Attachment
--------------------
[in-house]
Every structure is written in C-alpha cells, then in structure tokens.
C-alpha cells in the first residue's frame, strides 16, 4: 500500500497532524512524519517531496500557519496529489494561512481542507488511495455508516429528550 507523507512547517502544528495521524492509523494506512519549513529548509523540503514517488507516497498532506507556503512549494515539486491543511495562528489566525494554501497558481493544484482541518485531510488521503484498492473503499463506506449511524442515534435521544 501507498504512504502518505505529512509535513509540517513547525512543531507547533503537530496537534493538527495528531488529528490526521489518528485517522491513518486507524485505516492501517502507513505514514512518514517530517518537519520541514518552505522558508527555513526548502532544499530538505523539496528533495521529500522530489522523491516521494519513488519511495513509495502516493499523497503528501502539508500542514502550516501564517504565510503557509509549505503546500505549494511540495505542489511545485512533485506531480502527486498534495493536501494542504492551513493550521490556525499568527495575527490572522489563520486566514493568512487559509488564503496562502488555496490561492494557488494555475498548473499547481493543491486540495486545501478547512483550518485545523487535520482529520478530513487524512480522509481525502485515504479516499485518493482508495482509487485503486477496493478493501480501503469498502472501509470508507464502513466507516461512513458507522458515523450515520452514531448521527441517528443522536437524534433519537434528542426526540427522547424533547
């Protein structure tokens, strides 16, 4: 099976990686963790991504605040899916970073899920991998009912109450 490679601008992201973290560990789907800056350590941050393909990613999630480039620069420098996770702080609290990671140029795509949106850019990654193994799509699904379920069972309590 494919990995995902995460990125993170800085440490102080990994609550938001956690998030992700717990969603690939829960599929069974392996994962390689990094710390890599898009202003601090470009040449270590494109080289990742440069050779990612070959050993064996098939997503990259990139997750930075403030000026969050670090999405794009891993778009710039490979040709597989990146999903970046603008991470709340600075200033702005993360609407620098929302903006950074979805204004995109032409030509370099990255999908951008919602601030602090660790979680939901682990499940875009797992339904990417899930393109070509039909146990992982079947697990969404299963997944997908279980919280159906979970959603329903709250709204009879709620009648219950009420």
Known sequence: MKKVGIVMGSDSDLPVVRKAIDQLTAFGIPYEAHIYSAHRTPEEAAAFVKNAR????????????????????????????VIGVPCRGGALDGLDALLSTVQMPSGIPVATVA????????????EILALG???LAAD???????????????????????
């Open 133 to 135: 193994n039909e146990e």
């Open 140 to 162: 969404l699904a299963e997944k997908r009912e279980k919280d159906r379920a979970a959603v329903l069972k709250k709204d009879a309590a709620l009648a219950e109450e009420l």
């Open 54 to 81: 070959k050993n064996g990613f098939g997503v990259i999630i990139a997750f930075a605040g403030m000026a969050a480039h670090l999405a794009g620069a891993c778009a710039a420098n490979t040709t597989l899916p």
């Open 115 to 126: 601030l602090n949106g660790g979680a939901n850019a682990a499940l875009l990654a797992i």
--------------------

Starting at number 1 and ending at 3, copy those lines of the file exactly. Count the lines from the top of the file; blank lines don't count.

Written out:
[in-house]
Every structure is written in C-alpha cells, then in structure tokens.
C-alpha cells in the first residue's frame, strides 16, 4: 500500500497532524512524519517531496500557519496529489494561512481542507488511495455508516429528550 507523507512547517502544528495521524492509523494506512519549513529548509523540503514517488507516497498532506507556503512549494515539486491543511495562528489566525494554501497558481493544484482541518485531510488521503484498492473503499463506506449511524442515534435521544 501507498504512504502518505505529512509535513509540517513547525512543531507547533503537530496537534493538527495528531488529528490526521489518528485517522491513518486507524485505516492501517502507513505514514512518514517530517518537519520541514518552505522558508527555513526548502532544499530538505523539496528533495521529500522530489522523491516521494519513488519511495513509495502516493499523497503528501502539508500542514502550516501564517504565510503557509509549505503546500505549494511540495505542489511545485512533485506531480502527486498534495493536501494542504492551513493550521490556525499568527495575527490572522489563520486566514493568512487559509488564503496562502488555496490561492494557488494555475498548473499547481493543491486540495486545501478547512483550518485545523487535520482529520478530513487524512480522509481525502485515504479516499485518493482508495482509487485503486477496493478493501480501503469498502472501509470508507464502513466507516461512513458507522458515523450515520452514531448521527441517528443522536437524534433519537434528542426526540427522547424533547